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CMS, OIG Release Long-Awaited Stark, AKS Proposed Rules

Latest News From AHLA
October 9, 2019

The Centers for Medicare & Medicaid Services (CMS) and the Department of Health and Human Services Office of Inspector General (OIG) issued today two highly anticipated proposed rules to reform the Stark Law and Anti-Kickback Statute (AKS) regulations.

Efforts to modernize and clarify the fraud and abuse laws began last year as part of the Regulatory Sprint to Coordinated Care Initiative. Agency officials have emphasized the need to reform the physician self-referral law and AKS to facilitate innovative arrangements for coordinating care consistent with a shift to a value-based health care system.

The agencies emphasized that the proposals offer health care providers more flexibility to coordinate and improve care for patients, while maintaining important guardrails that prevent overutilization and fraud and abuse.

The Stark proposed rule would create new, permanent exceptions to the Stark Law for value-based arrangements, according to CMS. These exceptions would apply broadly to care provided to all patients, not just Medicare beneficiaries, CMS said.

The 300+ page proposed rule also includes additional clarifications and guidance on key statutory terms and other technical compliance requirements. For example, CMS is proposing to revise the definition of fair market value “to eliminate the connection to the volume or value standard.” The agency also is proposing to define commercially reasonable to mean “that the particular arrangement furthers a legitimate business purpose of the parties and is on similar terms and conditions as like arrangements.” The proposal specifies that “[a]n arrangement may be commercially reasonable even if it does not result in profit for one or more of the parties.”

The AKS proposed rule would create three new safe harbors for certain remuneration exchanged between or among eligible participants: care coordination arrangements aimed at improving quality and outcomes; value-based arrangements with substantial downside financial risk; and value-based arrangement with full financial risk, according to OIG.

OIG is proposing a new safe harbor for all innovation models that CMS sponsors, reducing the need for separate fraud and abuse waivers going forward. The rule also proposes modifications to the existing safe harbor for personal services and management contracts to add flexibility for outcomes-based payments and part-time arrangements.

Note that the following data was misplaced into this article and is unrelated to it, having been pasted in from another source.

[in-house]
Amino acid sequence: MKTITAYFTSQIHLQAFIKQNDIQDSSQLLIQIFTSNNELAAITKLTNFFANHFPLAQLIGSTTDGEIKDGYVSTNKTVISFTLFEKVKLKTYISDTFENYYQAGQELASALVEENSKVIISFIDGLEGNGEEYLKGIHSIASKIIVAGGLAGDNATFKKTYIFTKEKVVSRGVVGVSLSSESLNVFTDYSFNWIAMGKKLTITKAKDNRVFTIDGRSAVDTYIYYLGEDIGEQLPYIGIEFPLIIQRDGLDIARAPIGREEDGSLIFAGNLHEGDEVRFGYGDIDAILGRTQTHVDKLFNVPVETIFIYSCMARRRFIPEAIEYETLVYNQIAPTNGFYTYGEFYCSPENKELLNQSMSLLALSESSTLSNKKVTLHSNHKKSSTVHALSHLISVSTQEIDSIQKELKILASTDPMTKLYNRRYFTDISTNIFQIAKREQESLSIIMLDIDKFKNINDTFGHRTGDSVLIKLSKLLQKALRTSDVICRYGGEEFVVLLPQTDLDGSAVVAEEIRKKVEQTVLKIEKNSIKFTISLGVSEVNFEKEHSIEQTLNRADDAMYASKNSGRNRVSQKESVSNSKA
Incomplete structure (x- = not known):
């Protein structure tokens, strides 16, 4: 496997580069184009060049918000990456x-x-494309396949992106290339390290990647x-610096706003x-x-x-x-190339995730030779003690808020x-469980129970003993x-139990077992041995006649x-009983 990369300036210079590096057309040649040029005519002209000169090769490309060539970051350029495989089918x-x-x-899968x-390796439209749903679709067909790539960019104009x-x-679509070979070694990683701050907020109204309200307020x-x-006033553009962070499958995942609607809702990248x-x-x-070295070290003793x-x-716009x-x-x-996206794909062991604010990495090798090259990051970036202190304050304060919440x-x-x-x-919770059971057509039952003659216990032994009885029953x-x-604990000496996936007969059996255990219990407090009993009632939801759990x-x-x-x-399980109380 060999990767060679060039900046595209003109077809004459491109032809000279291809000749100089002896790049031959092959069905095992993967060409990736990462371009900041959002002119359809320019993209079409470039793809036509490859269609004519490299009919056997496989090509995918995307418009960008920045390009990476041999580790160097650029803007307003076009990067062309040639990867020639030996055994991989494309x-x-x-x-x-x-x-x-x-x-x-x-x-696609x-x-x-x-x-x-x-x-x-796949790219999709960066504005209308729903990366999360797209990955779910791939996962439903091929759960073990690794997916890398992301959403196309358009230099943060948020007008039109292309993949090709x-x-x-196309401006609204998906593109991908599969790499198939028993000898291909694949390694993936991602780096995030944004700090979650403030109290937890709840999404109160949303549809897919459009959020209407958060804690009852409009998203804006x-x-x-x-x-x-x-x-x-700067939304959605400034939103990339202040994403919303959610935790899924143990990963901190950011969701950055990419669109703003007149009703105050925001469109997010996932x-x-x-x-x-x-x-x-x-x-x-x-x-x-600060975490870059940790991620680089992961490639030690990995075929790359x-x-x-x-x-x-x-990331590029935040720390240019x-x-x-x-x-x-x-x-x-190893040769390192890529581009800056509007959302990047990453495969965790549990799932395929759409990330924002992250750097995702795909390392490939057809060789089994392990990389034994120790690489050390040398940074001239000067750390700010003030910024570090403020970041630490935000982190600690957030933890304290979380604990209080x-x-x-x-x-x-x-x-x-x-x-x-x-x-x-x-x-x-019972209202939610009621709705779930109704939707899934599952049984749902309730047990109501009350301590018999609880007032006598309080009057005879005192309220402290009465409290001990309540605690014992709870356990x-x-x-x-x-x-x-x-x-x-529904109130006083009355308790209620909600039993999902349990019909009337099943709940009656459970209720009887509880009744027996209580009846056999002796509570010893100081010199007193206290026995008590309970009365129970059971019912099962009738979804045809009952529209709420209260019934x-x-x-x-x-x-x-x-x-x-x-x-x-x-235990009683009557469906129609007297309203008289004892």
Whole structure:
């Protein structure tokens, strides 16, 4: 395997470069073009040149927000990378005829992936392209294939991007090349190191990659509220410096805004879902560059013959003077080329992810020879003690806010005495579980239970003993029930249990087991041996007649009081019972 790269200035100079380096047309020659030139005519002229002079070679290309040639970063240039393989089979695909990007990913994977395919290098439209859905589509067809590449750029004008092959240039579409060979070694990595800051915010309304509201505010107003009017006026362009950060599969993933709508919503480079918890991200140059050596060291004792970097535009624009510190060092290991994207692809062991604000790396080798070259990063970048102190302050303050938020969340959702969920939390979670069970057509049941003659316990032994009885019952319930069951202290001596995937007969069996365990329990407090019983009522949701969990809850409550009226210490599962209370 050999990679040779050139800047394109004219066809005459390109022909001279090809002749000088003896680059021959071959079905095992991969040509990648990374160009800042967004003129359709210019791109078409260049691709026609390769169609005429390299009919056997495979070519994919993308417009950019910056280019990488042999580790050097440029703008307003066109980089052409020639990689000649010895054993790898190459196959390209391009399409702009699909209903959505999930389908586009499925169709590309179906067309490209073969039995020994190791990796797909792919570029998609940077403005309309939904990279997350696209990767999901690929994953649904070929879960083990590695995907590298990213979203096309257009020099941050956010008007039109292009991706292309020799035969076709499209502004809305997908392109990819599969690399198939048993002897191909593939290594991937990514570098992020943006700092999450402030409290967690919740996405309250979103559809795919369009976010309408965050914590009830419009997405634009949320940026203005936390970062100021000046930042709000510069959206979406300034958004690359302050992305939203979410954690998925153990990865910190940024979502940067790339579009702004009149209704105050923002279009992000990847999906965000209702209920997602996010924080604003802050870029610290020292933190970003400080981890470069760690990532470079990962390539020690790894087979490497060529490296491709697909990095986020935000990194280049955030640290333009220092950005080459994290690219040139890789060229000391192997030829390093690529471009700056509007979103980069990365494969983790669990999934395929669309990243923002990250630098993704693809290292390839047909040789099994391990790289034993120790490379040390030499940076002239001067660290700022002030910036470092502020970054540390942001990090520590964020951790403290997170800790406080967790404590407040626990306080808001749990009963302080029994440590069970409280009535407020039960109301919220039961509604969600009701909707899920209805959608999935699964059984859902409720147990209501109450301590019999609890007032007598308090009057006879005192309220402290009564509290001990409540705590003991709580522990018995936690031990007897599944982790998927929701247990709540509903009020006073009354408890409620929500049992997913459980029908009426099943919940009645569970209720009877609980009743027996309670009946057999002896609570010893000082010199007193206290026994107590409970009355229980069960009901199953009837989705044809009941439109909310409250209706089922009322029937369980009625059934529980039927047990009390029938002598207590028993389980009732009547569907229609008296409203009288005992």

In addition, the agencies are proposing a new safe harbor and exception for donating cybersecurity technology and services and removing the sunset date for the existing safe harbor and exception for electronic health records.

The AKS proposal also includes a proposed safe harbor for certain tools and supports furnished to patients to improve quality, outcomes and efficiency; proposed modifications to the existing safe harbor for local transportation; and a proposed amendment to the definition of “remuneration” that incorporates a new exception for telehealth technologies furnished to in-home dialysis patients.

CMS is specifically asking for comments about price transparency in the context of Stark, including whether to require cost-of-care information at the point of referral. “We believe that such information could empower patients to have conversations about costs with their physicians at the point of care and serve as an additional safeguard at the point of referral.”

“These proposed rules would be a historic reform of how healthcare is regulated in America,” said HHS Deputy Secretary Eric Hargan in a statement. “They are part of a much broader effort to update, reform, and cut back our regulations to allow innovation toward a more affordable, high quality, value-based healthcare system, while maintaining the important protections patients need.”

Commenters should watch the Federal Register for official publication of the rules, which will trigger the 75-day comment period.

AHLA volunteers are analyzing the rule for AHLA members and others. Stay tuned by following AHLA on Twitter and updating your email preferences for the latest information and updates.

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